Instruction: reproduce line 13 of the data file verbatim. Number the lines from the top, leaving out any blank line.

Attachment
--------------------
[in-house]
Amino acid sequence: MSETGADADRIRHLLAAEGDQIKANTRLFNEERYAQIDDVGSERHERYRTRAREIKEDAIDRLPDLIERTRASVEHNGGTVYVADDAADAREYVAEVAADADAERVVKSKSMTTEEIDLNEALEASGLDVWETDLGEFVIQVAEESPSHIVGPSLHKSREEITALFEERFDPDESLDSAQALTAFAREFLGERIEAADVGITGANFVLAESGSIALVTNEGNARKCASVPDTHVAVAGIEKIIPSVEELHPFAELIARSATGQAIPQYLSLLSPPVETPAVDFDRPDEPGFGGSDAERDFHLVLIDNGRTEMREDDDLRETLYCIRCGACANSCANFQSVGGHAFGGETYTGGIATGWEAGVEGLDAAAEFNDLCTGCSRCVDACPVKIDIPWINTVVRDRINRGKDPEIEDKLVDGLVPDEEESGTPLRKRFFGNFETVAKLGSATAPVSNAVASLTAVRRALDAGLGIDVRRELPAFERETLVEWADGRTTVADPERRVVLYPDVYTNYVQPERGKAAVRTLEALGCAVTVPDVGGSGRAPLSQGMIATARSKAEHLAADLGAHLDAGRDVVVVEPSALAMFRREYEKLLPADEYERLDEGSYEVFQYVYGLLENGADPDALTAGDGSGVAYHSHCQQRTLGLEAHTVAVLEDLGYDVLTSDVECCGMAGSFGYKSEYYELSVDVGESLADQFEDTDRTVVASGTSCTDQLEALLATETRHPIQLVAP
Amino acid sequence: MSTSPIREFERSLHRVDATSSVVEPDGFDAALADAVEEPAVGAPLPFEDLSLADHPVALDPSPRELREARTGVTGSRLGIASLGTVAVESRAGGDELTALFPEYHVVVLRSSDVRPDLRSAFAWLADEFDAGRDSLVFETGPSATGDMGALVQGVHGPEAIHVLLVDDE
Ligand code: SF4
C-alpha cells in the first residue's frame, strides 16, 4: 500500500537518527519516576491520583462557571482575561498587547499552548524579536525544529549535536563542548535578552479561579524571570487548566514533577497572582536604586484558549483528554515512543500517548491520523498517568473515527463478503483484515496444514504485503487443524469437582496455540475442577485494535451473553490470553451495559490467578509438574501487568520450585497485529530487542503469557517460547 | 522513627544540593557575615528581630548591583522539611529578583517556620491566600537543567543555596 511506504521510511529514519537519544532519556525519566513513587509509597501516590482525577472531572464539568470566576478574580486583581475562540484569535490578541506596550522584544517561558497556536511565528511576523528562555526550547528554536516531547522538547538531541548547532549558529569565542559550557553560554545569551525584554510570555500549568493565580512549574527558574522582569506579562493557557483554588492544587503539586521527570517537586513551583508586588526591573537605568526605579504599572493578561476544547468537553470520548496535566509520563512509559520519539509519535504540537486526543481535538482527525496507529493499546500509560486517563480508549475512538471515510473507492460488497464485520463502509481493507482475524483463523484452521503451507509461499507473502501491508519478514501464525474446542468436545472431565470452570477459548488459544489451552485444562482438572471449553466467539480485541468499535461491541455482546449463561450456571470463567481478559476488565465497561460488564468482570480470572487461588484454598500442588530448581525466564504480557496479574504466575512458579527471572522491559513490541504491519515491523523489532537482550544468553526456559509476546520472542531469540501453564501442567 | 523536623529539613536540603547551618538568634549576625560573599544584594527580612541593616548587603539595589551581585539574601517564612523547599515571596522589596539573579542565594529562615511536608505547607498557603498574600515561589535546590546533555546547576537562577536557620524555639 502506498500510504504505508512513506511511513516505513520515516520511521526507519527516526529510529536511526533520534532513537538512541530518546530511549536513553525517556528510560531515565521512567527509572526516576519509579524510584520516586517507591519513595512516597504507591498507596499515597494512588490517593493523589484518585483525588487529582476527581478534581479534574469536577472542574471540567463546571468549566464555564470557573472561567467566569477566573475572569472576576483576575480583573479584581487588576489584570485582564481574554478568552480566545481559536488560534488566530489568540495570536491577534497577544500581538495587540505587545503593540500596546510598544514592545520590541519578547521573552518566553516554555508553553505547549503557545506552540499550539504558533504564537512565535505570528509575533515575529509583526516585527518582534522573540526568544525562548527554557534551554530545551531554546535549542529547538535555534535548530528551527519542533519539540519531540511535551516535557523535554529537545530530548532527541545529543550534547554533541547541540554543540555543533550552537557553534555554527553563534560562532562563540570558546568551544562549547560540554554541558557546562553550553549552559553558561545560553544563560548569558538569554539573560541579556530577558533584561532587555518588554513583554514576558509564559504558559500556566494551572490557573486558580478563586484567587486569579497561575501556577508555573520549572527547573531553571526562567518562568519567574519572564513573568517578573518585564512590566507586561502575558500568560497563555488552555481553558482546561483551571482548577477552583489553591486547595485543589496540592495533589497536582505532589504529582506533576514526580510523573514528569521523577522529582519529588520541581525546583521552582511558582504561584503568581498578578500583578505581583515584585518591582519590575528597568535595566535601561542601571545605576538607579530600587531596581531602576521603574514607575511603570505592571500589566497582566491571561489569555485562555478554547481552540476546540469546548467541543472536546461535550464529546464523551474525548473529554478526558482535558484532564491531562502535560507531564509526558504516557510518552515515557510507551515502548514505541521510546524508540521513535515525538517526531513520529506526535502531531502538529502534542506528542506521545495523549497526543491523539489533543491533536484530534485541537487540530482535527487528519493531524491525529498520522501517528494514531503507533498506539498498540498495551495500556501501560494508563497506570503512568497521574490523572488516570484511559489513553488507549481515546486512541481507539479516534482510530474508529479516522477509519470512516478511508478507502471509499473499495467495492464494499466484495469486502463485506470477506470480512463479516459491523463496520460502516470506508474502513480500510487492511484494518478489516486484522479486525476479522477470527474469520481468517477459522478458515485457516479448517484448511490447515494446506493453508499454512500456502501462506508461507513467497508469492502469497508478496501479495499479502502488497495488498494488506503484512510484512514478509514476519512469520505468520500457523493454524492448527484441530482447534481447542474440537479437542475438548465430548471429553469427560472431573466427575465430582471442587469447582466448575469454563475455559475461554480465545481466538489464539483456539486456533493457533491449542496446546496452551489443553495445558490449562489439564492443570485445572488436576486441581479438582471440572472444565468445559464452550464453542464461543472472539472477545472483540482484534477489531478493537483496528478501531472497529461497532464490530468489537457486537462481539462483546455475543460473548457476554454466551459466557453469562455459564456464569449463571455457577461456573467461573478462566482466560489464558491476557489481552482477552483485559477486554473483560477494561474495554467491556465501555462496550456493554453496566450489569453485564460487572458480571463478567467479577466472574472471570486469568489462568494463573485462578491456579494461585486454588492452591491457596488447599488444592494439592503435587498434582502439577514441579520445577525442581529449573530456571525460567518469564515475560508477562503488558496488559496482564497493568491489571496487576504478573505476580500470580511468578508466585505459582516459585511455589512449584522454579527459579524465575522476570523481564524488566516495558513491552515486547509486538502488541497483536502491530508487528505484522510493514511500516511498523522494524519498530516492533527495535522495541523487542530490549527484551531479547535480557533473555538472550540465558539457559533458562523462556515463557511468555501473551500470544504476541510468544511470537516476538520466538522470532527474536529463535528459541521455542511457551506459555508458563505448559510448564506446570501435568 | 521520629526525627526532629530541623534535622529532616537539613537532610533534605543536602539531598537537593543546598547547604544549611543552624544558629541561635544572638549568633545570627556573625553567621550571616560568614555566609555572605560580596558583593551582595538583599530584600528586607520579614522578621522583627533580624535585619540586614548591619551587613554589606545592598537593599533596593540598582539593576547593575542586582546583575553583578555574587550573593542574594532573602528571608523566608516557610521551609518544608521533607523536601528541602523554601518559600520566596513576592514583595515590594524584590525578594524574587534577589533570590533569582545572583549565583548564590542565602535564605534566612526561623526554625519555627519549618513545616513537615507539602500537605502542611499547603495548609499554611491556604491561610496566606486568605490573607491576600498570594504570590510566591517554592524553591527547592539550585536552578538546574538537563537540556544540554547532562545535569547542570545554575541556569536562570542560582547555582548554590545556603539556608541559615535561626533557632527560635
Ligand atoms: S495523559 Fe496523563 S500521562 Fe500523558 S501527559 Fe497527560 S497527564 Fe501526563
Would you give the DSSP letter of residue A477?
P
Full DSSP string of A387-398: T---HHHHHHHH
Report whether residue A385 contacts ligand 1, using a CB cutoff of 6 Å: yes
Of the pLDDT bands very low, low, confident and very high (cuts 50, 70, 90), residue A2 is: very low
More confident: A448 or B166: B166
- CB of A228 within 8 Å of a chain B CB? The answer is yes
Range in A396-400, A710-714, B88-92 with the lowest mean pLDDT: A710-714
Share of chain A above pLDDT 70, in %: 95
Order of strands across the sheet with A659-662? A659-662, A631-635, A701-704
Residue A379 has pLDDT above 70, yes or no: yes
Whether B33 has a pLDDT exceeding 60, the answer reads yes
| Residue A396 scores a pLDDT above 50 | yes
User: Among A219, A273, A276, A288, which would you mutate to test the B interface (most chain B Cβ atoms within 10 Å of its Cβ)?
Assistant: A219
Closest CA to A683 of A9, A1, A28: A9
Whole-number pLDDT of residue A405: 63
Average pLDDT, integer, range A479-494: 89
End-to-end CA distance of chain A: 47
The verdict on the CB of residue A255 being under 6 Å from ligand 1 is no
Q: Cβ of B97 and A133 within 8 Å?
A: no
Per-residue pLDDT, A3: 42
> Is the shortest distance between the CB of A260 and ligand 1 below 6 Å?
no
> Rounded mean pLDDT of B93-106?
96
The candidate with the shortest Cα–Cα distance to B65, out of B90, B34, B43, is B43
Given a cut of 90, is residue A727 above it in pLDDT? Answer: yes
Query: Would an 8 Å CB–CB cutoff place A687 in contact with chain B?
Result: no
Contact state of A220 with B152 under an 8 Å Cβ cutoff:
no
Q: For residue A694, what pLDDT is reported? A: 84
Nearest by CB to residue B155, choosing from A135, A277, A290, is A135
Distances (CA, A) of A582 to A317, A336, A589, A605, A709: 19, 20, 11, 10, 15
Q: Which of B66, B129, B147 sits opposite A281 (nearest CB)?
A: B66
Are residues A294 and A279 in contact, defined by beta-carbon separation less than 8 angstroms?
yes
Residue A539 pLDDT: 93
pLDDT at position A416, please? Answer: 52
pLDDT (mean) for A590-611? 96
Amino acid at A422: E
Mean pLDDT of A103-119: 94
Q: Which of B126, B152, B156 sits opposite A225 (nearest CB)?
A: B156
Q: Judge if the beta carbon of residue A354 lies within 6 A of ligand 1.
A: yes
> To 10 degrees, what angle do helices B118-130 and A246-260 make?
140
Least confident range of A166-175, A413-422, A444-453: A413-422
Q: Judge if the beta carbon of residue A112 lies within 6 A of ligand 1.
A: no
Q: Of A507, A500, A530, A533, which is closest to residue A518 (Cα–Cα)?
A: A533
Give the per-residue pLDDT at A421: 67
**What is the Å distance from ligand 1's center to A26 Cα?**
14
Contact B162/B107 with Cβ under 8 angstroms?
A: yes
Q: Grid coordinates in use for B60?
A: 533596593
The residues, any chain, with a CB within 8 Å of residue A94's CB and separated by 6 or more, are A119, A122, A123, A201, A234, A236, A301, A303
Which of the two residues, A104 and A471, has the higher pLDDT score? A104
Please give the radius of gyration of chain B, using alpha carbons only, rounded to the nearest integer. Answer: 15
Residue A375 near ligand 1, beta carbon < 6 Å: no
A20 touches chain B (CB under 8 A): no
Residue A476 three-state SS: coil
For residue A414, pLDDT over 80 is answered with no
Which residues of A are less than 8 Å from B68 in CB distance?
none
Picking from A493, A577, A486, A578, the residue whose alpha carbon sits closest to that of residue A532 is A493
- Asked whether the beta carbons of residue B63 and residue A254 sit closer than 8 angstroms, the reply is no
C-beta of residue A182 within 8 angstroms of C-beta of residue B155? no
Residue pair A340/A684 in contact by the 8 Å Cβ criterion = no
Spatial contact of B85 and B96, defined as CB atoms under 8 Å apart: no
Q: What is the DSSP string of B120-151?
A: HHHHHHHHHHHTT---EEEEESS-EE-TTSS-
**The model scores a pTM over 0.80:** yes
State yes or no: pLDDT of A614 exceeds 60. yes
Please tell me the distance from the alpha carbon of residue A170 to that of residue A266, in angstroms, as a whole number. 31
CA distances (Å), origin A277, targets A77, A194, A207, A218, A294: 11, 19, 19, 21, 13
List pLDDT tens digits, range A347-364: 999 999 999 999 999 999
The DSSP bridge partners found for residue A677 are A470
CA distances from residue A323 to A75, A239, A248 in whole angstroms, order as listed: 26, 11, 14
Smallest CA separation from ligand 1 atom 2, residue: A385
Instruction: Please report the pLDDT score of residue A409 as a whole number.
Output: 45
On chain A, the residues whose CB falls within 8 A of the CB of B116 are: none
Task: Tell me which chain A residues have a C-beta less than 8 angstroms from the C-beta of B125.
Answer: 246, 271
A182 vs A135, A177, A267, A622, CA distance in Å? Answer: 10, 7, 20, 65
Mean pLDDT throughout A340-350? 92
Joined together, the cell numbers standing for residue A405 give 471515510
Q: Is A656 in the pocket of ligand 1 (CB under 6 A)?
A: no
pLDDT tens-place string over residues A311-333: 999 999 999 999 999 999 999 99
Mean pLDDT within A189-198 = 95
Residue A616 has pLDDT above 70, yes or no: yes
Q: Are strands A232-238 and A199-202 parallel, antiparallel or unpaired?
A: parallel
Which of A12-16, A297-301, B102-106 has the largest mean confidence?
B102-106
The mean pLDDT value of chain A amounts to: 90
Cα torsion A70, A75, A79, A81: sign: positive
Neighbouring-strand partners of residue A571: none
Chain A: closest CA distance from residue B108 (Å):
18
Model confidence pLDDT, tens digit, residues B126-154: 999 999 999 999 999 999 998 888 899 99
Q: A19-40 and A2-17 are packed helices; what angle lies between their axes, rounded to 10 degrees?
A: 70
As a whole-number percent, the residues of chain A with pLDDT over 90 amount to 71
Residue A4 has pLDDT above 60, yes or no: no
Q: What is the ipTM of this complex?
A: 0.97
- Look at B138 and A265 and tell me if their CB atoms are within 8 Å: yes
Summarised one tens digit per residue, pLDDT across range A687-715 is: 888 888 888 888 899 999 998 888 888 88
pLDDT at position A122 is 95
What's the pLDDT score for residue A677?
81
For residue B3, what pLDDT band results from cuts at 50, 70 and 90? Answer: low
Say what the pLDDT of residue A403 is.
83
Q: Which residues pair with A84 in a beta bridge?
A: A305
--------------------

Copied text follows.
- CB of A228 within 8 Å of a chain B CB? The answer is yes